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A warning for Osborne and his economic agenda

14 February 2012

9:41 AM

14 February 2012

9:41 AM

Why did Moody’s downgrade Britain to AAA with a negative outlook, but leave other countries on AAA? One crucial factor is the scale of our debt increase: 60 per cent over the parliament. You
won’t find it mentioned much today. The Chancellor is talking about austerity, helped by Balls who talks about his harsh deep cuts. Osborne today swears to keep ‘dealing with the
debt’ — but his definition of ‘dealing with debt’ would even make an Italian blush:

As Balls said on the radio this morning, the plan isn’t working. But Balls’ narrative — that Osborne is cutting harsh and deep — is untrue, as Moody’s knows. Osborne’s real plan is a
massive debt increase, bigger than Labour proposed, and as you’d expect this is doing precious little to help growth. Little wonder there are nerves abroad. The Chancellor now doesn’t even
have a plan to balance the books. His budget plans run all the way to April 2017, and even then he proposes deficits. It’s by no means clear how Britain will cope with this debt, given the
evaporating recovery — which looks pretty bad by international comparisons.
While America is gathering speed, here’s how we fare in comparison (the UK is in purple, at the bottom)::

I suspect it won’t be long before Osborne mentions his low gilt yields: the interest charged on a UK government ten-year note is now 2.13 per cent. Osborne has been a playing a tiny wee trick
here, making out that this low figure is vote of confidence by the market in his deficit reduction plan — one not expressed towards the French and the Greeks. But he’s doing something
they’re not: artificially lowering the cost of his debt with a QE scheme already up to £275 billion and (unlike America’s) devoted entirely to buying government debt notes. Pretty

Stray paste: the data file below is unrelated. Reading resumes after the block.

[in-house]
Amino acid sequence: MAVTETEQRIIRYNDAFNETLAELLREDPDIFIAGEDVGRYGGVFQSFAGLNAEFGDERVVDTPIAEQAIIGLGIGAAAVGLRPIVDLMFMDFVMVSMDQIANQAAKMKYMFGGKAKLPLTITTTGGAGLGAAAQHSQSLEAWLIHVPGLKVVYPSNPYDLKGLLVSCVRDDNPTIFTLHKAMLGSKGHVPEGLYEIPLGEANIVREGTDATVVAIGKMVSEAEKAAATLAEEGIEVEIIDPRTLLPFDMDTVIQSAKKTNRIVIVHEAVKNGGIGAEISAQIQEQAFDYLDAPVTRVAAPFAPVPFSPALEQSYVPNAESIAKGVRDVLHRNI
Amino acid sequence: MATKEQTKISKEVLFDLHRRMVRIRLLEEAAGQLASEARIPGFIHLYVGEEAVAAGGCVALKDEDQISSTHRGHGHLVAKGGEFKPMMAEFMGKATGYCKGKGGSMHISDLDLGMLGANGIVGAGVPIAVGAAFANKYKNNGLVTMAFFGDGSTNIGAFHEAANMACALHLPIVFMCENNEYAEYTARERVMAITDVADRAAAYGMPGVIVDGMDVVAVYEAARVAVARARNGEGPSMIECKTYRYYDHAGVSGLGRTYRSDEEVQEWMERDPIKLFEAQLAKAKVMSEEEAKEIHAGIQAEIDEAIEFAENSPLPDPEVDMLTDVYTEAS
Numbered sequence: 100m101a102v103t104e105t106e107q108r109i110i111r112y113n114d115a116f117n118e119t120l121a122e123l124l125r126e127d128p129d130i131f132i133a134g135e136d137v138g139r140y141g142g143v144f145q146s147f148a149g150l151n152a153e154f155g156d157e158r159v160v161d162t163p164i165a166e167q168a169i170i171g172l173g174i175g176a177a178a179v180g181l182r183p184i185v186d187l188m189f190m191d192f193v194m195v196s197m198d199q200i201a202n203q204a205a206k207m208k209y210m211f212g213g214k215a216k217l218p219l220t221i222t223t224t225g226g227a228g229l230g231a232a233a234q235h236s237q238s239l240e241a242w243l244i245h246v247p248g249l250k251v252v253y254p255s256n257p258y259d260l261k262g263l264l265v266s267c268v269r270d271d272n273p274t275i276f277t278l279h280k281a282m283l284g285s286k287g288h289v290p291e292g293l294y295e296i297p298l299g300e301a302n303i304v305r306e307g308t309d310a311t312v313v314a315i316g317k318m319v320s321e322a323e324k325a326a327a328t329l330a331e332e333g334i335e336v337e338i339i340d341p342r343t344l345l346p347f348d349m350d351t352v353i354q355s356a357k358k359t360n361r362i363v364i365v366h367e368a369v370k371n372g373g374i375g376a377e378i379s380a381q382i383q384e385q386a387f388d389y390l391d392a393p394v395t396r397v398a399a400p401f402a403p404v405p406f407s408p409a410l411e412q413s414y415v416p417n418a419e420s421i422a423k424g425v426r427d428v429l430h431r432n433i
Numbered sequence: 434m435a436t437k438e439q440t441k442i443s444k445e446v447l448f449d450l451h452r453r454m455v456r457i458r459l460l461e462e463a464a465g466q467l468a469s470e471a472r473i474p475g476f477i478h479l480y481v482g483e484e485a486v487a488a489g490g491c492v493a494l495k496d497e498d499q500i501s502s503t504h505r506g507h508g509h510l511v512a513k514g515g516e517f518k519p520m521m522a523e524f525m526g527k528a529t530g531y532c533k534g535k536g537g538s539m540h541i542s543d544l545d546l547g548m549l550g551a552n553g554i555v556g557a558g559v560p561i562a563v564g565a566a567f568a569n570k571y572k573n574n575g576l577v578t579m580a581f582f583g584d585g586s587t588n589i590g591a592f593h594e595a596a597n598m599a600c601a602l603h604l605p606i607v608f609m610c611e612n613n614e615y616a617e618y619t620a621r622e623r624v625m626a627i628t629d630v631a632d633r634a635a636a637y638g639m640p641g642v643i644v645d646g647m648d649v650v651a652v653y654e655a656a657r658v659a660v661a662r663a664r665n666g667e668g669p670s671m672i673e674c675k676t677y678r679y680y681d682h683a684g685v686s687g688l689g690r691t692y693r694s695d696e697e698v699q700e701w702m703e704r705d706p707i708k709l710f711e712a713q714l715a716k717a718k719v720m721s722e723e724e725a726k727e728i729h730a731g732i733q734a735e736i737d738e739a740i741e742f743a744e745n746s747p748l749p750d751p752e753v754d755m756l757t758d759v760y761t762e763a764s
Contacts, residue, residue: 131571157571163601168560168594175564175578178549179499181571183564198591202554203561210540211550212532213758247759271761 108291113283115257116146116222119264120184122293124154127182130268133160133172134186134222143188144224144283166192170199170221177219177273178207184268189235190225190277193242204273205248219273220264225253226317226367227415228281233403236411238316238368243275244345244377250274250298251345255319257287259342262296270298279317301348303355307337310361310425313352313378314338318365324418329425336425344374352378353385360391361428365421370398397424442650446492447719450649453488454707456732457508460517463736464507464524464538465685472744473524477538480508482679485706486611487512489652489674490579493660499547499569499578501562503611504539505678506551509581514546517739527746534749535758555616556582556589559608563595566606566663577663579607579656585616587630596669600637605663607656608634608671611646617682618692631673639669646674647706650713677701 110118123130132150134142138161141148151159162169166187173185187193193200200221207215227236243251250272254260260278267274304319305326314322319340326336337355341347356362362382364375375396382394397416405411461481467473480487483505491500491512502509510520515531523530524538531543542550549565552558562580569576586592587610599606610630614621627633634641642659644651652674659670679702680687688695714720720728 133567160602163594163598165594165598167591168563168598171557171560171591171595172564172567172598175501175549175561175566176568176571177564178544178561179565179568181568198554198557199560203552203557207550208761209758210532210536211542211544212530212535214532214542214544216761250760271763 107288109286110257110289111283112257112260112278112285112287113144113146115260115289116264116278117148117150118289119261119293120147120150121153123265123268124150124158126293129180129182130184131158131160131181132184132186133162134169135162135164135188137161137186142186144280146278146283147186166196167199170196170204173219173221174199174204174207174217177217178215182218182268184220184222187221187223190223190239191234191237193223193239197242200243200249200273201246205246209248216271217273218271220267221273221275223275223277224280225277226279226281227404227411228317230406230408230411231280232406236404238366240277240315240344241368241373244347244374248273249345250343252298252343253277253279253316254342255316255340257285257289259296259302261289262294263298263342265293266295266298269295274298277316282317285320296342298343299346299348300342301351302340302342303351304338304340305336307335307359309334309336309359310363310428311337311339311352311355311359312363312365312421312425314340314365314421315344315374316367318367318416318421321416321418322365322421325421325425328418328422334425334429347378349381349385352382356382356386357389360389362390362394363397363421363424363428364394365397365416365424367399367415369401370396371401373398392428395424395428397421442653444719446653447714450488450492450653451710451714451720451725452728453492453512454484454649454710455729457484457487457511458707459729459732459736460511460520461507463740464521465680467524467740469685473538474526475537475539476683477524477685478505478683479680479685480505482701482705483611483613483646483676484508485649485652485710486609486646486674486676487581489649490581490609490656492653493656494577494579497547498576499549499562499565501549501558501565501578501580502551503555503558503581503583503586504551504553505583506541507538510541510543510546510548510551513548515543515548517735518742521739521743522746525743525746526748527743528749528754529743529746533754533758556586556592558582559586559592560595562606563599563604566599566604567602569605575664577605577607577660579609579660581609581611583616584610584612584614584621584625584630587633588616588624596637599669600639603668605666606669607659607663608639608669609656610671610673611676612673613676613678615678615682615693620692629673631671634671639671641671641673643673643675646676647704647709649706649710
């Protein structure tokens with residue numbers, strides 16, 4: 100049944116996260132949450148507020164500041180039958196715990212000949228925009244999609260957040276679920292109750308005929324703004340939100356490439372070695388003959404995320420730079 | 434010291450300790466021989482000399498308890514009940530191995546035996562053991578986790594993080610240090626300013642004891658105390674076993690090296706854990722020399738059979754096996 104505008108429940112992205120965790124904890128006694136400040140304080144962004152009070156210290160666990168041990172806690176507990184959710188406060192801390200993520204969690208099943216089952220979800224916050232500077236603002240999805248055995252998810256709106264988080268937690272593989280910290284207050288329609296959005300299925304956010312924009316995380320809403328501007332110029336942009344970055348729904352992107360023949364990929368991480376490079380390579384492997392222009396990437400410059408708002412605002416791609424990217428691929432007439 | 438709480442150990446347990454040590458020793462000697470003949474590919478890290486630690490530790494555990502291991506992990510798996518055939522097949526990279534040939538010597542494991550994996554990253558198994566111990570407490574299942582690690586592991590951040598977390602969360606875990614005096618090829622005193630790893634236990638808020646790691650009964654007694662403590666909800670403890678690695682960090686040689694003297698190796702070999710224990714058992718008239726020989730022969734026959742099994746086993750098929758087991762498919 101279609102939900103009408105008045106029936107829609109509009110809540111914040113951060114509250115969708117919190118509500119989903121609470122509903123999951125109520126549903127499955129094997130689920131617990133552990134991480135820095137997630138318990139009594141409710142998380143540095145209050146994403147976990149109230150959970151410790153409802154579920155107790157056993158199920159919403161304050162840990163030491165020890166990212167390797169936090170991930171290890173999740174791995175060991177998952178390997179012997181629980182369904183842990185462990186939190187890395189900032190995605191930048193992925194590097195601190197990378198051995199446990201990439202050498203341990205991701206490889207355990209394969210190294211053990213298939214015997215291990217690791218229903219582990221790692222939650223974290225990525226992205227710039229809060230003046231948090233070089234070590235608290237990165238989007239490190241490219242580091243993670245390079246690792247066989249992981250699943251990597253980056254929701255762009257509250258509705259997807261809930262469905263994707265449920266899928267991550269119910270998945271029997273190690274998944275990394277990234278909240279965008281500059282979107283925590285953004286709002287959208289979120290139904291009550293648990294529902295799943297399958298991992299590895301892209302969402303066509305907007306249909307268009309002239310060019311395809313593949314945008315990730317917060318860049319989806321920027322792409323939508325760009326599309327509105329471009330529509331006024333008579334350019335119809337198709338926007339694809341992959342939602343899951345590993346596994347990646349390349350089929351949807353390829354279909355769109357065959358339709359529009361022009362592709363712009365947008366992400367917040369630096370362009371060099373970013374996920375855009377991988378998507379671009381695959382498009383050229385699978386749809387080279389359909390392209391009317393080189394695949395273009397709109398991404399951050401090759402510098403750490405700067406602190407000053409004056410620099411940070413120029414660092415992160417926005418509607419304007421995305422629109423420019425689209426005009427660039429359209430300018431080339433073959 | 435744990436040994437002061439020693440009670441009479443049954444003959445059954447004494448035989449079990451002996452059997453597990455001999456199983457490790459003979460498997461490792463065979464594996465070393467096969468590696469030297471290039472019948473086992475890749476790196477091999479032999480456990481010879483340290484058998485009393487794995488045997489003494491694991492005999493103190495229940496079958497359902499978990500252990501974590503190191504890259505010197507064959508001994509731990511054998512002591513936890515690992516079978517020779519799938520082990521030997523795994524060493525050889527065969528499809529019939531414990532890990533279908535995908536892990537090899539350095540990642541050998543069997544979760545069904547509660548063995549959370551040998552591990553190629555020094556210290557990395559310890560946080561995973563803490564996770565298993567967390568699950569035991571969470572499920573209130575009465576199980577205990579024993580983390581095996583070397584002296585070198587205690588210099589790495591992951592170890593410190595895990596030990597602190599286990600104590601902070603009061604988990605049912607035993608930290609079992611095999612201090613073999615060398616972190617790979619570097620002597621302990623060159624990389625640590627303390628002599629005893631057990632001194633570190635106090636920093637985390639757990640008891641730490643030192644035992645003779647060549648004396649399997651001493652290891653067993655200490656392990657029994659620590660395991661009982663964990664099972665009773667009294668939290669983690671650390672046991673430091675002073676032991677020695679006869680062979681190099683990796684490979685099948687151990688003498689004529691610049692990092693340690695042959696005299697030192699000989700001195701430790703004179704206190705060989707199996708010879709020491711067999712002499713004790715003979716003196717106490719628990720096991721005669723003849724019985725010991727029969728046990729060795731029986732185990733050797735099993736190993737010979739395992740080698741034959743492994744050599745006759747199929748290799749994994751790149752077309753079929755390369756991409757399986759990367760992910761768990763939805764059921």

soon, the Bank of England (wholly owned by the UK government), will own a quarter of all UK government debt. The below graph, from a CitiBank report, shows the extent of BoE manipulation of the UK
national debt market:


Without QE, and left to the markets, I suspect Britain would have lost its AAA rating a long time ago. As my colleague Jeremy Warner put it:

‘Let’s get this straight. By switching on the printing presses, the Bank of England, which is 100pc owned by Her Majesty’s Government, is buying up a third of the debt owed by Her
Majesty’s Government. The Treasury is becoming ever more in debt to itself. It’s as strange as that.’

Perhaps Osborne has no choice but to do what he’s doing. But does that really mean that no-one should discuss what’s going on? In the downgrade debate today, I suspect no-one
will mention what Moody’s sees all too clearly: the scale of the debt increase, and the effect of QE in keeping the price of government debt artificially low. To listen to Osborne go on about
austerity, it’s easy to forget that he’s attempting one of the biggest debt increases in the developed world, midway through one of the weakest recoveries, all washed down by the biggest
QE experiment the world has ever seen.

For ideological reasons Miliband and Balls won’t mention debt, they don’t regard it as a problem. And because QE makes debt cheaper, neither will quibble with that either (Balls didn’t
this morning). Osborne can only get away with his proposed borrowing binge if he can think of some ideas for growing the economy (Bruce Anderson outlines a few today). We’ll see in next month’s Budget if
Osborne can do any better. Moody’s has today reminded him what will happen if he doesn’t.

PS Some CoffeeHousers take exception to my use of the phrase ‘downgrade’. Yes, we still have AAA but being switched to negative puts us on a different, lower grade. As were some others. But a
notable list — The Netherlands, Sweden, Finland and Denmark — were left untouched. Orwell would have a field day with the use of language in economics: the way that
Osborne claims he is ‘paying down the deficit’ (impossible, a deficit is an increase in debt) and the way Balls said Labour reduced debt, when he meant increased it (but decreased the debt/gdp
ratio). Even the word ‘deficit’ is one understood by only a small minority; polls show most Brits think the national debt is falling. So I’m all for using straightforward language as possible, and
when Moody’s puts is on a lower rating than we were before then I think we ought to say so.

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